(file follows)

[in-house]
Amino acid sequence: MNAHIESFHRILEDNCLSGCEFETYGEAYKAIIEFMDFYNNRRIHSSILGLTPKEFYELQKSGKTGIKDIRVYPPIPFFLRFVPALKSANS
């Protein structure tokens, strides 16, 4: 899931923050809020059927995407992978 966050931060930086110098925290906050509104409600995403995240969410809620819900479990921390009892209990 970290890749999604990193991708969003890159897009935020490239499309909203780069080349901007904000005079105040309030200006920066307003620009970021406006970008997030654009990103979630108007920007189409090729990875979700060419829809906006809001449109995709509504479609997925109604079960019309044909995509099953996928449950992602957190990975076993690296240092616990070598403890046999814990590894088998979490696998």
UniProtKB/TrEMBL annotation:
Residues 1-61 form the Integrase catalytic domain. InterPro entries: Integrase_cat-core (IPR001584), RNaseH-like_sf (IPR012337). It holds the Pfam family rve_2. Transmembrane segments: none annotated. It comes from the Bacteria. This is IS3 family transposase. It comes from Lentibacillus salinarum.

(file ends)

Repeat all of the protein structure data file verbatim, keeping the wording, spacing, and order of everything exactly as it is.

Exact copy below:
[in-house]
Amino acid sequence: MNAHIESFHRILEDNCLSGCEFETYGEAYKAIIEFMDFYNNRRIHSSILGLTPKEFYELQKSGKTGIKDIRVYPPIPFFLRFVPALKSANS
């Protein structure tokens, strides 16, 4: 899931923050809020059927995407992978 966050931060930086110098925290906050509104409600995403995240969410809620819900479990921390009892209990 970290890749999604990193991708969003890159897009935020490239499309909203780069080349901007904000005079105040309030200006920066307003620009970021406006970008997030654009990103979630108007920007189409090729990875979700060419829809906006809001449109995709509504479609997925109604079960019309044909995509099953996928449950992602957190990975076993690296240092616990070598403890046999814990590894088998979490696998």
UniProtKB/TrEMBL annotation:
Residues 1-61 form the Integrase catalytic domain. InterPro entries: Integrase_cat-core (IPR001584), RNaseH-like_sf (IPR012337). It holds the Pfam family rve_2. Transmembrane segments: none annotated. It comes from the Bacteria. This is IS3 family transposase. It comes from Lentibacillus salinarum.